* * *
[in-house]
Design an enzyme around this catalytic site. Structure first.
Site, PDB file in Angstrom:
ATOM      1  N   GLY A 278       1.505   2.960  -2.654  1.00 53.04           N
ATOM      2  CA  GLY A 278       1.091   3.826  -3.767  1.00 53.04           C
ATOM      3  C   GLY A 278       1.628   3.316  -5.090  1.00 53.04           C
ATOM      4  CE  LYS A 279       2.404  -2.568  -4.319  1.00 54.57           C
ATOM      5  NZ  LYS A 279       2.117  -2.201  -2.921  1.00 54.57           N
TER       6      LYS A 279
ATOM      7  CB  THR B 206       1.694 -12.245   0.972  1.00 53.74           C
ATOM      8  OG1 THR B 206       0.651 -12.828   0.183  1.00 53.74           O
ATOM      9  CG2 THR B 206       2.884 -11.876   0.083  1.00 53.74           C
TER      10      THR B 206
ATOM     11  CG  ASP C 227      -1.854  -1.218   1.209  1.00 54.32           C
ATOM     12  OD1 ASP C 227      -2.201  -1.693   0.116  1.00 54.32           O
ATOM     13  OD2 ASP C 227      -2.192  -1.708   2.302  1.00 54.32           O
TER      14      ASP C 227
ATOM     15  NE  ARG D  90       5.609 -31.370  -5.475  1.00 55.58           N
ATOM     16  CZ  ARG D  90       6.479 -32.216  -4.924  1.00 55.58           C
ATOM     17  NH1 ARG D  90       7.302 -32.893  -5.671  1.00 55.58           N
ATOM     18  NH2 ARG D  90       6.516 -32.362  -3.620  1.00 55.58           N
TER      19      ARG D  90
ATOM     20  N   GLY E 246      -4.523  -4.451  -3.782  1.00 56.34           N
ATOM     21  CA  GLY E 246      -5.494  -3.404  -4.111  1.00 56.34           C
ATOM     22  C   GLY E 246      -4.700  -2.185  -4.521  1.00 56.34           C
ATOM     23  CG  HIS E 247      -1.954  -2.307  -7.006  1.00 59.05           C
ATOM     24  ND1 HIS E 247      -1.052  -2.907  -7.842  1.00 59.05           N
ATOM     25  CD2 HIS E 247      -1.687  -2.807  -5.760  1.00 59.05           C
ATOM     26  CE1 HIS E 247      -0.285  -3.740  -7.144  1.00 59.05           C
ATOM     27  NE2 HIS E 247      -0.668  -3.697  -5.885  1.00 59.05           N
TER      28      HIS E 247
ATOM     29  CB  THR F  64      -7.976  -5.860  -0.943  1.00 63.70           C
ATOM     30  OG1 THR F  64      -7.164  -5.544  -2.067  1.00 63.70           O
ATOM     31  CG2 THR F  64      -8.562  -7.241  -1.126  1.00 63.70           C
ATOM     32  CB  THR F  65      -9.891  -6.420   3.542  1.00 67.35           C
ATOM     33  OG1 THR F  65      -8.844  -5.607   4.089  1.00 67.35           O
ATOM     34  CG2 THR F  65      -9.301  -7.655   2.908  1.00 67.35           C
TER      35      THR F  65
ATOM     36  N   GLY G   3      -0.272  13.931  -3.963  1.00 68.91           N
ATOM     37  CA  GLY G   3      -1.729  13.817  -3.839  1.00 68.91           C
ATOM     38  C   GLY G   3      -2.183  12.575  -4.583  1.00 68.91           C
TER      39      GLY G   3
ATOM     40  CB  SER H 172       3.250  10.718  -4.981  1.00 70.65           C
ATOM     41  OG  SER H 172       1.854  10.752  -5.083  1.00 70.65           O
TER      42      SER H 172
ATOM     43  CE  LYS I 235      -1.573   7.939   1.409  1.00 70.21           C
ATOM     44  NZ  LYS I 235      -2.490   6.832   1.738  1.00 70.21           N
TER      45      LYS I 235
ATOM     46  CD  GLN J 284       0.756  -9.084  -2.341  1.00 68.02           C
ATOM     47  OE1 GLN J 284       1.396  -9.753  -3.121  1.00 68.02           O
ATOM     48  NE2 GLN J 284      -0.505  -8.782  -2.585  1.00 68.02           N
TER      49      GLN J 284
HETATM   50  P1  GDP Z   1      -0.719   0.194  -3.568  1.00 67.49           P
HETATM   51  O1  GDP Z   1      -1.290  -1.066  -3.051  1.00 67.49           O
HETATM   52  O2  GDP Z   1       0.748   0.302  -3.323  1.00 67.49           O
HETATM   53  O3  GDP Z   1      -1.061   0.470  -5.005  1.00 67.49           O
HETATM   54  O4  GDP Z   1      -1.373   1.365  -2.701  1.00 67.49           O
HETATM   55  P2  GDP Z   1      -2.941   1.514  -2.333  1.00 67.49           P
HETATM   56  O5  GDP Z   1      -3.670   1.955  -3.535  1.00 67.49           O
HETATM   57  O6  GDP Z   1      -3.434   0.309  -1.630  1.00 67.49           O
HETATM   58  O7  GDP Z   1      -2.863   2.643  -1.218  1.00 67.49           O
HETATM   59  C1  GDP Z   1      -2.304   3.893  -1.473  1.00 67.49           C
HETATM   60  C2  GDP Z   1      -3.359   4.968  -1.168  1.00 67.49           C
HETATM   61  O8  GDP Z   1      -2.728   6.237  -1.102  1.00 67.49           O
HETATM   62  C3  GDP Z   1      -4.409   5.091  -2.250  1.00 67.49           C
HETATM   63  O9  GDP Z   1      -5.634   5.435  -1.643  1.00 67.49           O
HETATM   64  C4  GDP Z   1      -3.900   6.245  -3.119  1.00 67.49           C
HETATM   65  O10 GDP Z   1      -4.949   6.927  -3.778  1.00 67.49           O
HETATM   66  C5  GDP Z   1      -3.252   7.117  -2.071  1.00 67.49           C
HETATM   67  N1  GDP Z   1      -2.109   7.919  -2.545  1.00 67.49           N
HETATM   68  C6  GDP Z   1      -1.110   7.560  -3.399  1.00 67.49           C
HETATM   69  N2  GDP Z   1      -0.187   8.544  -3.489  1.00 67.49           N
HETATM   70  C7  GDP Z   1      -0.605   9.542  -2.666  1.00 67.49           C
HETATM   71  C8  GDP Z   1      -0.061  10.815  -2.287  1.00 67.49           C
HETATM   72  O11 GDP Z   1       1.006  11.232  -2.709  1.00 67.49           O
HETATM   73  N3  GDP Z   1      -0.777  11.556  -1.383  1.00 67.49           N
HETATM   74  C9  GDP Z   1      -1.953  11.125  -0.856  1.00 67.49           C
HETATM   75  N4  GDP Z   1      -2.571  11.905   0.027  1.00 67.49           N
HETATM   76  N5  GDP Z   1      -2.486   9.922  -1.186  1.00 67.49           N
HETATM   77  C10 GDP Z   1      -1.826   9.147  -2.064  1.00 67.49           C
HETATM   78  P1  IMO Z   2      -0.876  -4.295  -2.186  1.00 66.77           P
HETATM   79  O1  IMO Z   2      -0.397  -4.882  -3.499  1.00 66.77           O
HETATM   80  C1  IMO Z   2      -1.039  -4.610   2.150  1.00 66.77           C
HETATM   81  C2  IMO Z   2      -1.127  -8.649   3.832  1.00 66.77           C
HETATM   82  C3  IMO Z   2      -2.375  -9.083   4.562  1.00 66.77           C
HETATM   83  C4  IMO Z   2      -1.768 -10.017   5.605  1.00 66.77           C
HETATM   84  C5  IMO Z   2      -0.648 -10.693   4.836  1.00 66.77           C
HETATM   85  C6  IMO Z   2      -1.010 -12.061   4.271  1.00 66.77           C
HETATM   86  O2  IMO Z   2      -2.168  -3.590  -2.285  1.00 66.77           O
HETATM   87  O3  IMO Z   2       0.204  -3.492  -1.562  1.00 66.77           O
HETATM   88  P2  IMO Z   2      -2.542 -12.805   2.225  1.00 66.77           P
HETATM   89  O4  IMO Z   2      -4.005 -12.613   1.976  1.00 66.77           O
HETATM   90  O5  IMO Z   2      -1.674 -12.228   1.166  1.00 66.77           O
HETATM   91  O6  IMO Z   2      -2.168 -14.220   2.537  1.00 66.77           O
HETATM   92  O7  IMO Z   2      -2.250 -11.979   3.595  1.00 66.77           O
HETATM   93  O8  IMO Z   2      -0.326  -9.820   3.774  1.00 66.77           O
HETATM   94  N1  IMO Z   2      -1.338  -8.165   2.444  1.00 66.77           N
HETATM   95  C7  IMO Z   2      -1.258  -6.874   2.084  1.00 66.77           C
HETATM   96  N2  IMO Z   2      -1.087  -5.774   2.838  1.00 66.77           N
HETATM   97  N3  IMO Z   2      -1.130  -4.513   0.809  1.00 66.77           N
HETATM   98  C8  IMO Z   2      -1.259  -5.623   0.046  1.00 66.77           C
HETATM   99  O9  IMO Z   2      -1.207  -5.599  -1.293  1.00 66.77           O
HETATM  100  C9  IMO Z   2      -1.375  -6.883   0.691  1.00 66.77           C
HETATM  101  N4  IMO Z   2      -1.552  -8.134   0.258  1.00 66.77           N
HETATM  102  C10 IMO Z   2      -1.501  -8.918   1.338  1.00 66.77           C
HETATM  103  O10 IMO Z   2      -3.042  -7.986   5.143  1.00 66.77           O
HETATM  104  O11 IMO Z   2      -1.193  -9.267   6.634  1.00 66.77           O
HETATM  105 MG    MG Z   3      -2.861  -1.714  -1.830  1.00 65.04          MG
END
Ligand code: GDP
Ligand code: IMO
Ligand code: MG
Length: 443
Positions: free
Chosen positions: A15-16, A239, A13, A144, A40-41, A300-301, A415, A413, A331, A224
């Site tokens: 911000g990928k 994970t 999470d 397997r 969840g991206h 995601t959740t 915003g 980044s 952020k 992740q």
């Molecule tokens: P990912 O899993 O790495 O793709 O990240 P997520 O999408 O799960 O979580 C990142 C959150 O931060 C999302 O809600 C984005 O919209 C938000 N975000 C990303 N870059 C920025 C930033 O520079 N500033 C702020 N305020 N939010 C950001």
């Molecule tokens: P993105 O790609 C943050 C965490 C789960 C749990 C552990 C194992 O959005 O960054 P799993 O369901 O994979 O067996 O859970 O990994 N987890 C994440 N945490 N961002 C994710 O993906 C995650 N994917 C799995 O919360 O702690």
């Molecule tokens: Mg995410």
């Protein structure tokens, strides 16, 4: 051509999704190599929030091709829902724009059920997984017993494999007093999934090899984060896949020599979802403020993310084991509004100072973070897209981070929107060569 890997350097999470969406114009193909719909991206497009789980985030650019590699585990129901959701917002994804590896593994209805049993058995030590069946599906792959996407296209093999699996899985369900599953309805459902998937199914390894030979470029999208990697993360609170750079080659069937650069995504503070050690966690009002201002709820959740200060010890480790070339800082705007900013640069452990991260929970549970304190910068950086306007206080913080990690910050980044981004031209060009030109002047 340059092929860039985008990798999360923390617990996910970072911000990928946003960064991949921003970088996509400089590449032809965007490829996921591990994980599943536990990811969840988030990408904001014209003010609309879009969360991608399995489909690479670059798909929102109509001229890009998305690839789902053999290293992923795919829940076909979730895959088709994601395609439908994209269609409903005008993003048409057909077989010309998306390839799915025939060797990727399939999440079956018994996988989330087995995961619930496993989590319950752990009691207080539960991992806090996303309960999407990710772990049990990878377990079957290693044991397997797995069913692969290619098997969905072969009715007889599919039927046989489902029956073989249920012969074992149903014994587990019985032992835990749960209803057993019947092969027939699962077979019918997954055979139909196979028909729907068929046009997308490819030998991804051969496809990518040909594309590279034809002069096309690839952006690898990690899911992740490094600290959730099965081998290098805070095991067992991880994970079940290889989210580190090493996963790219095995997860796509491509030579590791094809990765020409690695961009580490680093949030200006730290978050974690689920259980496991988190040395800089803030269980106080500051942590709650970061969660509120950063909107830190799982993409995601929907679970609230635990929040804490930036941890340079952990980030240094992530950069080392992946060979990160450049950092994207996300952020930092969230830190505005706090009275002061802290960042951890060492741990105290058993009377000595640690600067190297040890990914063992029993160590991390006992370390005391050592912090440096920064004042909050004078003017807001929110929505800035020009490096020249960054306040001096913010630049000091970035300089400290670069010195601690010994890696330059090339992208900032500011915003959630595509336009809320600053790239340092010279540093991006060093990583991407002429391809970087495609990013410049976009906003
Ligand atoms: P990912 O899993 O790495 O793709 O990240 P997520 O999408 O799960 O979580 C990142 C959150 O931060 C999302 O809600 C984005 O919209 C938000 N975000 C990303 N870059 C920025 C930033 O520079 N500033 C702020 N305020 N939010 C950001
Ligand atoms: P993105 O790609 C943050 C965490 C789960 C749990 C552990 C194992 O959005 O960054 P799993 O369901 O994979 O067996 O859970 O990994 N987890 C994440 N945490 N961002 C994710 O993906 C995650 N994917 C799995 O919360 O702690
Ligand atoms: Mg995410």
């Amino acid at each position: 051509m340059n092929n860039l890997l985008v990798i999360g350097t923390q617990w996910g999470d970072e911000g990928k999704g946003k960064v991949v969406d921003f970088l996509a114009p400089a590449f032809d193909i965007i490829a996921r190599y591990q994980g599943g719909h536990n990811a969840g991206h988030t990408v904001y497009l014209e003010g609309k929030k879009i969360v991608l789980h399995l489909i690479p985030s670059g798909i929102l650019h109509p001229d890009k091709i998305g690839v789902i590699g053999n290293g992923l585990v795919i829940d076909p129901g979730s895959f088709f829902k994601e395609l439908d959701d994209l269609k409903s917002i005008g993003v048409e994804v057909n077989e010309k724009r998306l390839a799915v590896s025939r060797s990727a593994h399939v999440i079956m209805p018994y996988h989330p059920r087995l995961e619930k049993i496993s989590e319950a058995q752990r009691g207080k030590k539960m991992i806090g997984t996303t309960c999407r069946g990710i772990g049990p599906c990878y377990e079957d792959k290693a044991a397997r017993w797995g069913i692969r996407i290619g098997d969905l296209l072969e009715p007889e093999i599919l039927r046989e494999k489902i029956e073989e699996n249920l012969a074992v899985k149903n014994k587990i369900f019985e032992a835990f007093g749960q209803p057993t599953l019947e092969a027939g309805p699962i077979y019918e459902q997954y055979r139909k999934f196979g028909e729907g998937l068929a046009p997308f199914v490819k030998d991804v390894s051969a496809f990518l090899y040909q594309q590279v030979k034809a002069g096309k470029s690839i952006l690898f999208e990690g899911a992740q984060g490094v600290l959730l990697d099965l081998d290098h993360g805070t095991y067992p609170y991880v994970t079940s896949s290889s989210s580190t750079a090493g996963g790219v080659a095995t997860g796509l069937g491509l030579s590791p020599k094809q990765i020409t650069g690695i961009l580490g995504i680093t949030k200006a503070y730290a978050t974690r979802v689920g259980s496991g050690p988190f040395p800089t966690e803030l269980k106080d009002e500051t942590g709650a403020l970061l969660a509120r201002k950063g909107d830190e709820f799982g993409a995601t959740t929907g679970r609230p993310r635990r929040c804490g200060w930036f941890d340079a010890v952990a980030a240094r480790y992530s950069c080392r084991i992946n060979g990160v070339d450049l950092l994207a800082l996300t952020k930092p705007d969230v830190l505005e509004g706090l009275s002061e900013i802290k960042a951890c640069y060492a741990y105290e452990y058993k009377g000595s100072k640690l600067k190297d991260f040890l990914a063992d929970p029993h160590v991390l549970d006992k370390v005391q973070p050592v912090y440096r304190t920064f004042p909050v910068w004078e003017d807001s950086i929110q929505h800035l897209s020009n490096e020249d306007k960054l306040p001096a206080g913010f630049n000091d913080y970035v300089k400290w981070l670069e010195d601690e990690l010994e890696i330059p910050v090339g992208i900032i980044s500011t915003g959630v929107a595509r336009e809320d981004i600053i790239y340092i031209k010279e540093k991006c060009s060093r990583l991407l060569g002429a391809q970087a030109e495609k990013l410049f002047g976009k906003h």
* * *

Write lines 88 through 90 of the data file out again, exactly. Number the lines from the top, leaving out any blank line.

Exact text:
HETATM   85  C6  IMO Z   2      -1.010 -12.061   4.271  1.00 66.77           C
HETATM   86  O2  IMO Z   2      -2.168  -3.590  -2.285  1.00 66.77           O
HETATM   87  O3  IMO Z   2       0.204  -3.492  -1.562  1.00 66.77           O